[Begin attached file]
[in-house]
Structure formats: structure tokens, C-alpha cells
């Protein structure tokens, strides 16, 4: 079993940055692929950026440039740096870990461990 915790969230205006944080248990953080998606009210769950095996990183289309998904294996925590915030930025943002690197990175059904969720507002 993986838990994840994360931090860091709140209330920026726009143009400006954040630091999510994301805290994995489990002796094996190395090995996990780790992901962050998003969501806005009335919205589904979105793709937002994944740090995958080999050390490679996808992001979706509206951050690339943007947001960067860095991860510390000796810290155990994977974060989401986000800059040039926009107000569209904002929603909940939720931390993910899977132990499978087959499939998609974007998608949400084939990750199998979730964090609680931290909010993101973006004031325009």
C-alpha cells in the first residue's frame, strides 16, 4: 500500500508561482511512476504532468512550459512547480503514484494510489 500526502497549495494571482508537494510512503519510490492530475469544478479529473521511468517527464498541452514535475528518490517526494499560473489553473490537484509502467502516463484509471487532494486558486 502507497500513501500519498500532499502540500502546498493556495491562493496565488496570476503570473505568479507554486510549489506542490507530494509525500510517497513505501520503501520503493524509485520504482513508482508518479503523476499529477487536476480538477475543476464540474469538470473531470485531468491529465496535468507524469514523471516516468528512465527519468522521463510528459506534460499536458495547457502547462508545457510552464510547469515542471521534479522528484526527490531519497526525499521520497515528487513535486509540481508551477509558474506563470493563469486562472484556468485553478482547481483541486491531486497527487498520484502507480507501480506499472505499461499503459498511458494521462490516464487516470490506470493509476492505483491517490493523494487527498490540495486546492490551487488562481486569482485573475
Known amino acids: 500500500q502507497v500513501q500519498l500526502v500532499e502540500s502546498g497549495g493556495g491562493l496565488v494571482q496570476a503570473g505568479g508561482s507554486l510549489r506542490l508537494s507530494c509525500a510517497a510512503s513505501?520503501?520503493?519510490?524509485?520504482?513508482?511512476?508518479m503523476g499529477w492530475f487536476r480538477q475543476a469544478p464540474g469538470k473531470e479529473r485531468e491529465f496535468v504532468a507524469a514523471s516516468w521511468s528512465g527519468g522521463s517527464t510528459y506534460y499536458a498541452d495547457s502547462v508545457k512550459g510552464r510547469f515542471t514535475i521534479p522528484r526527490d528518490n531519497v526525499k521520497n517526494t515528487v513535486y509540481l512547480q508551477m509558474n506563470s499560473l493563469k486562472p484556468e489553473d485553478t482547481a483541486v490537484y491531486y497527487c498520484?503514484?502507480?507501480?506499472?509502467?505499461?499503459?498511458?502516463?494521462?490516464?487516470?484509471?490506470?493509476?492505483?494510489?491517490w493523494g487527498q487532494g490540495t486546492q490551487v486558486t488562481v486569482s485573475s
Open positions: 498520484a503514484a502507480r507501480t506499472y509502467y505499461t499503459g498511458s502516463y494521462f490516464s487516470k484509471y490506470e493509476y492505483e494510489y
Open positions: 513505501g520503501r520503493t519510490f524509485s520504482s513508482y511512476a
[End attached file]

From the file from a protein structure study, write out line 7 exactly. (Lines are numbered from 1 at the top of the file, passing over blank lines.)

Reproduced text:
Open positions: 513505501g520503501r520503493t519510490f524509485s520504482s513508482y511512476a